Silhouettes of four characters in the musical HamiltonSaide Singh ’23 and Grayce Walker ’22 will lead the McKelvy Scholars’ final discussion of the semester on Sunday at 6 p.m. Email the group for the Zoom link. Background for the talk:

It is imperative that you listen (or watch if you have access to Disney+) to the soundtrack of Hamilton in order to know what we are talking about in terms of characters, storyline, and musicality. You may be able to create an opinion just by reading the articles, but a lot of the arguments on either side are about the feelings that people have about the play as a body of art. We would like the effect of the play to be just as much a part of this conversation as its economic, historical, and otherwise structural implications. It is two and a half hours long and goes by quite quickly. Following along with the lyrics on your music streaming platform, Genius, or another lyric hosting website may also be helpful.

The full album is available on Spotify, Apple Music, and YouTube.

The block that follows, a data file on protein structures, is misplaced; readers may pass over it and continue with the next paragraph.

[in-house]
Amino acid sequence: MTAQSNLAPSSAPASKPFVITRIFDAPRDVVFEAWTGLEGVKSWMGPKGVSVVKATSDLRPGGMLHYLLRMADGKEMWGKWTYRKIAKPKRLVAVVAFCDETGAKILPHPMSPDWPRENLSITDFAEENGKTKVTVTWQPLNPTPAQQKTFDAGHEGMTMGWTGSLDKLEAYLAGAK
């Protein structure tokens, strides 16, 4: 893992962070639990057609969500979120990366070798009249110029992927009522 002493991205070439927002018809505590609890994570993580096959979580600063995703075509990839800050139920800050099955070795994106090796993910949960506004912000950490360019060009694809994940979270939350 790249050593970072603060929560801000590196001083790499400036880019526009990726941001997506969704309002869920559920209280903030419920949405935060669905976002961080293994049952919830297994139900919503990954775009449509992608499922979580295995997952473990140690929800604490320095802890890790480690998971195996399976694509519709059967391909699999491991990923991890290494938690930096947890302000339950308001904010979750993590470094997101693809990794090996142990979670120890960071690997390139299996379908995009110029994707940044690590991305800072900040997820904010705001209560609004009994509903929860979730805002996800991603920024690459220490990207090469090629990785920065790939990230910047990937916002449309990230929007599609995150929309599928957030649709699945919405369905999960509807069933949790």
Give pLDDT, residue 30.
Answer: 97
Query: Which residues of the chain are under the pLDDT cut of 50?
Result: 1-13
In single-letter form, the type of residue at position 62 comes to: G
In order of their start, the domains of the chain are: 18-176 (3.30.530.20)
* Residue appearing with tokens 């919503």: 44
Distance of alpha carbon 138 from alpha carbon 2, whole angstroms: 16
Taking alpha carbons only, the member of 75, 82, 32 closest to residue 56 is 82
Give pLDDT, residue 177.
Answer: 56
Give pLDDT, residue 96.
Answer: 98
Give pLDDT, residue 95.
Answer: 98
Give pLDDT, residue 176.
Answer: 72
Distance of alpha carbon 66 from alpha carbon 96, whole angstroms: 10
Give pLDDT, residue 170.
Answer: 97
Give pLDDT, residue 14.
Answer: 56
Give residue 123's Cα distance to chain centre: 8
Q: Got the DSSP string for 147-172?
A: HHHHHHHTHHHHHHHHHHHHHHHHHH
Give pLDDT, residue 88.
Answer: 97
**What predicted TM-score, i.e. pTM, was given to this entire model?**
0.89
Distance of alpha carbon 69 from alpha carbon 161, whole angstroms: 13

“The Issue on the Table: Is “Hamilton” Good For History?”

“People Are Saying Hamilton Should Be Canceled—and Lin-Manuel Miranda Says the Criticism Is ‘Valid’”

“A Breakdown of the Controversy Surrounding Lin Manuel-Miranda & ‘Hamilton’ in Puerto Rico”

“Why Hamilton is Making Musical History”


  1. Did you know of Hamilton before today’s discussion? What were your initial thoughts and impressions?
  2. What was your favorite part or favorite character of the play?
  3. Why do you think Hamilton was/is so incredibly popular?
  4. Do you think Hamilton glorifies colonialism?
  5. In 2019, Hamilton was performed in Puerto Rico, with a majority of ticket sales collected for fundraising. However, Miranda’s decision to perform Hamilton (especially at the University of Puerto Rico) was met with backlash due to its highlighting of colonialism. Why do you think it was problematic for Hamilton to be performed in Puerto Rico? Can the same reasons be applied for its performance to the mainland?
  6. How does the format of Hamilton enhance a viewer’s experience of what is being told?
  7. What are the broader implications for Hamilton to have been a play and not a TV show/movie/podcast/etc.?
  8. What is the value of musical historicity in a play such as this? How does Hamilton reveal how “Black music” has historically been the “soundtrack of the nation”?

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